• Wear Your Glasses Instead of Contact Lenses. Contact lenses trap pollutants against your eye and increase your risk of developing dry eye and conjunctivitis. If you do wear your contacts on a day when the air quality is unhealthy, remove the lenses as soon as you return home and clean them immediately.
  • Contact Your Optometrist. Let your optometrist know if eye irritation or inflammation doesn't improve after a day or two. Your eye doctor can prescribe eye drops that will reduce irritation, redness, and other symptoms.

Are your eyes dry or inflamed? Contact our office to schedule an appointment.

Sources:

American Lung Association: The Terrible 10: Air Pollution's Top Ten Health Risks, 4/6/17

American Optometric Association: Conjunctivitis

Scientific Reports: Air Pollution Significantly Associated with Severe Ocular Allergic Inflammatory Diseases, 12/3/19

National Eye Institute: Dry Eye, 1/22/20

British Journal of Ophthalmology: Association of Ambient Air Pollution with Age-Related Macular Degeneration and Retinal Thickness in UK Biobank, 2021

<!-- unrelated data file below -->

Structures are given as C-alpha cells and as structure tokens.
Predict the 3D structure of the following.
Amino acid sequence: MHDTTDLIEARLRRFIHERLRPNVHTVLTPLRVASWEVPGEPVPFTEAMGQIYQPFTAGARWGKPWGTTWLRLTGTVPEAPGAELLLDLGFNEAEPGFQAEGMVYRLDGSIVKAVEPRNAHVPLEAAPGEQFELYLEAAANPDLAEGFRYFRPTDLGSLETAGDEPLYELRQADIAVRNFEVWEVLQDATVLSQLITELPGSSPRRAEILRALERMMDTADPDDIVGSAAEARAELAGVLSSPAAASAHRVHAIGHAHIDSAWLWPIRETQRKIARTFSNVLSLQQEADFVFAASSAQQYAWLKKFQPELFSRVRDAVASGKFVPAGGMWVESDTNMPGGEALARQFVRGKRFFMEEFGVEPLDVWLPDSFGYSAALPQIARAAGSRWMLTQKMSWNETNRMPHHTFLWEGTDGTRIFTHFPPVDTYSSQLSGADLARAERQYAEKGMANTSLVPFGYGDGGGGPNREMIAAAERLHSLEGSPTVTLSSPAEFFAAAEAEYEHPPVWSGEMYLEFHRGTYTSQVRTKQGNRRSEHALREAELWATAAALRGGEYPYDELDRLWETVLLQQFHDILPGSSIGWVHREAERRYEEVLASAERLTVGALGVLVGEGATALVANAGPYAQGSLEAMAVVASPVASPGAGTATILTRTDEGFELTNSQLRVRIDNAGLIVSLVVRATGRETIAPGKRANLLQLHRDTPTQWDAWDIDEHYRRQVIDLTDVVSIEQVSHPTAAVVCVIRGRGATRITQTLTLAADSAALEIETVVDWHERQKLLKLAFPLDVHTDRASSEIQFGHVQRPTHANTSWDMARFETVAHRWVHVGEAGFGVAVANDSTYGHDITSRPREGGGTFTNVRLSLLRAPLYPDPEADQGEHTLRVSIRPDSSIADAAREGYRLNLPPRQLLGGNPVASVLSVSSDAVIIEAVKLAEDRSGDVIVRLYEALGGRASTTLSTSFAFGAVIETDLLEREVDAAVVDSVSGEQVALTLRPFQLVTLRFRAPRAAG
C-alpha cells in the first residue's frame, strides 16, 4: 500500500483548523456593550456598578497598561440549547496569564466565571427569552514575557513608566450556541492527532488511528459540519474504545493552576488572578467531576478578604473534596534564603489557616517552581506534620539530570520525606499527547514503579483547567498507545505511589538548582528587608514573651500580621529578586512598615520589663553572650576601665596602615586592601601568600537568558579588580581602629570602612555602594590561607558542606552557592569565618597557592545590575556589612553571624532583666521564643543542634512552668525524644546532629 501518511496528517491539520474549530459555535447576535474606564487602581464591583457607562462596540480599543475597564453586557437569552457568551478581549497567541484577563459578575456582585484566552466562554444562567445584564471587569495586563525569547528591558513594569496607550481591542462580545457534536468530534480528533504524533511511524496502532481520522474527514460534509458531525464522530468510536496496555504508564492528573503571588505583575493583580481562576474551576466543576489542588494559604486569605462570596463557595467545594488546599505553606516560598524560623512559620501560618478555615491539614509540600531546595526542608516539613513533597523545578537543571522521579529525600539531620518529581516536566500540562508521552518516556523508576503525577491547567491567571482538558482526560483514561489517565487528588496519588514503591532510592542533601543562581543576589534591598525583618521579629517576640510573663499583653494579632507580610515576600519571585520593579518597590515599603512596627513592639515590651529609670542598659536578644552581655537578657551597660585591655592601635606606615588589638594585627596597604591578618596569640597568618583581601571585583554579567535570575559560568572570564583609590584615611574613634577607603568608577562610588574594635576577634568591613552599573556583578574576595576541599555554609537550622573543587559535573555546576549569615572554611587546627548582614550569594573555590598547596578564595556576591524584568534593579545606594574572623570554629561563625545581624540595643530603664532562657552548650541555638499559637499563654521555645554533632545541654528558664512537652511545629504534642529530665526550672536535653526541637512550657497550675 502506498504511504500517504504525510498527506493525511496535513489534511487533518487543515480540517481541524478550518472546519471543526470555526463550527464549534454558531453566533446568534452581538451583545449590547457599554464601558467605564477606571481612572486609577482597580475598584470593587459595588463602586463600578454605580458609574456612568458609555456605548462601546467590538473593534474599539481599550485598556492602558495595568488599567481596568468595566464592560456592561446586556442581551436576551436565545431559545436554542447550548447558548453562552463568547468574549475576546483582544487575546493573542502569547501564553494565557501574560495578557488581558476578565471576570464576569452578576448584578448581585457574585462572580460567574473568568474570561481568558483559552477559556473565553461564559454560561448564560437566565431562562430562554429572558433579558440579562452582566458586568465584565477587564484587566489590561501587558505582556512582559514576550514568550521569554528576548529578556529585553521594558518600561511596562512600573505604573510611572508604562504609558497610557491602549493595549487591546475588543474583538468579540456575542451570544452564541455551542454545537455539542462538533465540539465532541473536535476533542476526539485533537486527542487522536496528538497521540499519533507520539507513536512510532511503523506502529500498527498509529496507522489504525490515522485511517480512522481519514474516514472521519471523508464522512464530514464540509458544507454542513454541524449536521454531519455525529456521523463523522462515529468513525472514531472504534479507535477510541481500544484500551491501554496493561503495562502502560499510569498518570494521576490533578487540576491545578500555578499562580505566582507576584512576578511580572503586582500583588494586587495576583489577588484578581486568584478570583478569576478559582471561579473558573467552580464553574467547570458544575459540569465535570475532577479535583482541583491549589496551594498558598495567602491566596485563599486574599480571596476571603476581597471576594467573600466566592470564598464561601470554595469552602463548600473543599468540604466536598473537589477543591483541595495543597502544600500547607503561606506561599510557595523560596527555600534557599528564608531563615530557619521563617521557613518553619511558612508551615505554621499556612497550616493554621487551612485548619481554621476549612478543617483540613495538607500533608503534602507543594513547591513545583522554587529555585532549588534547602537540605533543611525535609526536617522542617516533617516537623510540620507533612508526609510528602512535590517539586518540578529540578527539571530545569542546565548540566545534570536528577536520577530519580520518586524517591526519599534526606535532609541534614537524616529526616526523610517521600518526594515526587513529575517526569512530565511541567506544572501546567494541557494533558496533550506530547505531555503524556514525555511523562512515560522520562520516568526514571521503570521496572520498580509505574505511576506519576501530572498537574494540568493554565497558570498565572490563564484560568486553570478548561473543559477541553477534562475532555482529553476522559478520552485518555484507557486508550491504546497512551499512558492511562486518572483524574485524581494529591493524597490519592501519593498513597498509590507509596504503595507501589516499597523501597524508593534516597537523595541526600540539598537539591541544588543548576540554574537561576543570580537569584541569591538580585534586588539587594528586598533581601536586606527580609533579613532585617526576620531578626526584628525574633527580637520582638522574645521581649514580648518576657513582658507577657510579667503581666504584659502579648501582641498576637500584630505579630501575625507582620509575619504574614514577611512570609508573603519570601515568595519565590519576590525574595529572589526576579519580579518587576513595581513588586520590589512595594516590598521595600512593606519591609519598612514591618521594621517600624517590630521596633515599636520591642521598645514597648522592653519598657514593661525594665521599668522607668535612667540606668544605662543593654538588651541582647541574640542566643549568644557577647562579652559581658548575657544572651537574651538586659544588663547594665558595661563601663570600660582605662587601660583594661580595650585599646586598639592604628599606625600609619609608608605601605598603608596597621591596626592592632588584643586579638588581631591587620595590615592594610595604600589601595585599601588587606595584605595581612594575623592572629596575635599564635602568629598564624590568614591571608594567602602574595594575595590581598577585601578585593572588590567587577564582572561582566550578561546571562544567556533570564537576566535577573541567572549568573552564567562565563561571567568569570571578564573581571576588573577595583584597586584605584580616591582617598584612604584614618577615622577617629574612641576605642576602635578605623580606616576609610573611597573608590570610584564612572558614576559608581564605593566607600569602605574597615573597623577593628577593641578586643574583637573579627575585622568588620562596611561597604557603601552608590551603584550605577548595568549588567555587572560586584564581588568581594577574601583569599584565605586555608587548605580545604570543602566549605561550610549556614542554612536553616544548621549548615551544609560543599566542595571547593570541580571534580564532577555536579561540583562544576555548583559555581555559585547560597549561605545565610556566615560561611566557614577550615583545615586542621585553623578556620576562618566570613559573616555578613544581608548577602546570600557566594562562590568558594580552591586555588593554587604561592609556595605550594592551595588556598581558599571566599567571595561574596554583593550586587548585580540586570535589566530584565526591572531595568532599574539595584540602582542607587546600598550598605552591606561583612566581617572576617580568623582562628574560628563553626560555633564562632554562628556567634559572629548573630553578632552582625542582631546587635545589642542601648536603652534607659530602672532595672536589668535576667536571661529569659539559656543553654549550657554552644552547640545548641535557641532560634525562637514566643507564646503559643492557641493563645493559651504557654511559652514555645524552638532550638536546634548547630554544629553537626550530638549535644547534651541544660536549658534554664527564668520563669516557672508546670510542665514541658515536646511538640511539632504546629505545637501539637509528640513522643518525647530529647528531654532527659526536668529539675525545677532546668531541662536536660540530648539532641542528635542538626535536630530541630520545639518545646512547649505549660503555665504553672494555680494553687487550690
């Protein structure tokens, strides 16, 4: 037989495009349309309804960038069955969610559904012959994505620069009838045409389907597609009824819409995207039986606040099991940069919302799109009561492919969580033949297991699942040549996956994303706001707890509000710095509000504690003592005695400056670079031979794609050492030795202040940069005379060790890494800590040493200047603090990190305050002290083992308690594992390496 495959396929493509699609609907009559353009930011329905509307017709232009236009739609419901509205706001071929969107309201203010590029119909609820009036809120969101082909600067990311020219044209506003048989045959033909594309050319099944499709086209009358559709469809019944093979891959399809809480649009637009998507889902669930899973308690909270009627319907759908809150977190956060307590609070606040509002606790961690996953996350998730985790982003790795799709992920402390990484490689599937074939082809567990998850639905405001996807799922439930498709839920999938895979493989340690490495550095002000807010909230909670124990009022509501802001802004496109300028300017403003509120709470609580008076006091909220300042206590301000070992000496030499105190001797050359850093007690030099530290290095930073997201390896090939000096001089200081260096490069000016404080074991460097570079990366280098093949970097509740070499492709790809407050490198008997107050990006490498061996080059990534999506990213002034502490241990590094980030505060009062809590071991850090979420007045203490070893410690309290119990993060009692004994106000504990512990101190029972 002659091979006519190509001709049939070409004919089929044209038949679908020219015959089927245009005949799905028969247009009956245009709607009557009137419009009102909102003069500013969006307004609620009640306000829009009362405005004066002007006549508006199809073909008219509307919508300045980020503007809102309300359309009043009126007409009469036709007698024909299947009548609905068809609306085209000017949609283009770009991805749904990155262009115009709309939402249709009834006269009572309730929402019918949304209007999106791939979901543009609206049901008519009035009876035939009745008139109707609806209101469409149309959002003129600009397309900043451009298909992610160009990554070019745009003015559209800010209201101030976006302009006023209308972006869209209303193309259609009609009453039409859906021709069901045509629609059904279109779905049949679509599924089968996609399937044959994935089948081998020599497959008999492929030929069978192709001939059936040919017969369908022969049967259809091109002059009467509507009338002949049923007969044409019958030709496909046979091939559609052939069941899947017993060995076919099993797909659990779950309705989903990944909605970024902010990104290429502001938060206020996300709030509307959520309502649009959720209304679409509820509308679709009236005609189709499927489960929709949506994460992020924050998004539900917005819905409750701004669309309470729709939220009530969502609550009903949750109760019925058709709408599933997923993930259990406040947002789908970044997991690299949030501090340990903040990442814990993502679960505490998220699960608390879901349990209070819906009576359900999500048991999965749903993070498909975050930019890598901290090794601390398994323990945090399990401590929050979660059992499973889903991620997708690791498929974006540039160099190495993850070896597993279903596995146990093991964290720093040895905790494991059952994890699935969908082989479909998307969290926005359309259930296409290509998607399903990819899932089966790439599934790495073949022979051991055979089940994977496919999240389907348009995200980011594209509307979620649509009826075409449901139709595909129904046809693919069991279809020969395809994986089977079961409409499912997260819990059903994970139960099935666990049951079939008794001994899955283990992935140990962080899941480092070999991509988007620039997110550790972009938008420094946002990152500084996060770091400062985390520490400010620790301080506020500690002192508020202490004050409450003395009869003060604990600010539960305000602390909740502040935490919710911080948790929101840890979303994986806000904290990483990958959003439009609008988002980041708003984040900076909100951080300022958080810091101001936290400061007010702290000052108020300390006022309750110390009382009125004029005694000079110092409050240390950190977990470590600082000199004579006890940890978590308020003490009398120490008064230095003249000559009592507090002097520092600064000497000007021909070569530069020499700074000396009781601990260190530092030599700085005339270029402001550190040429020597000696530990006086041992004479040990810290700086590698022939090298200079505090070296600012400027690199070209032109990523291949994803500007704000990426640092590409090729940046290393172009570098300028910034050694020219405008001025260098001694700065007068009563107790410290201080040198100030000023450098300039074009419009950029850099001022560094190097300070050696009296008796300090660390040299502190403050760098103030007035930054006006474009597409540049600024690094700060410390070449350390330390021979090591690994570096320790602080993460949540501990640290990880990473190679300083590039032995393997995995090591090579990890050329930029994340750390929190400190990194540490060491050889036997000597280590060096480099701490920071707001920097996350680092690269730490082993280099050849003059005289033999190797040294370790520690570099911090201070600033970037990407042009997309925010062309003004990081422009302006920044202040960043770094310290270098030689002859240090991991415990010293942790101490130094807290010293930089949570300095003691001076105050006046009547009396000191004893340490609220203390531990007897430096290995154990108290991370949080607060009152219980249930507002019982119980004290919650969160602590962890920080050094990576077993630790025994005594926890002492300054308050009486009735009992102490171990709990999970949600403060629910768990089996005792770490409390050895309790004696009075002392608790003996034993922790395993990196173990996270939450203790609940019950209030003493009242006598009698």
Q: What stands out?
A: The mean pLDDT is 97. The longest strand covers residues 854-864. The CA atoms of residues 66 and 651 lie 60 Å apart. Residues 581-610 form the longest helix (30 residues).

Healthline: Common Cause of Vision Loss Linked to Air Pollution – What to Know

Investigative Ophthalmology & Visual Science: Relationship Between Air Pollution and Outpatient Visits for Nonspecific Conjunctivitis, 1/12

JAMA Ophthalmology: Potential Importance of Ozone in the Association Between Outdoor Air Pollution and Dry Eye Disease in South Korea, 5/16

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Tuesday
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Wednesday
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Thursday
CLOSED FOR THANKSGIVING HOLIDAY
Friday
CLOSED FOR THANKSGIVING HOLIDAY
Saturday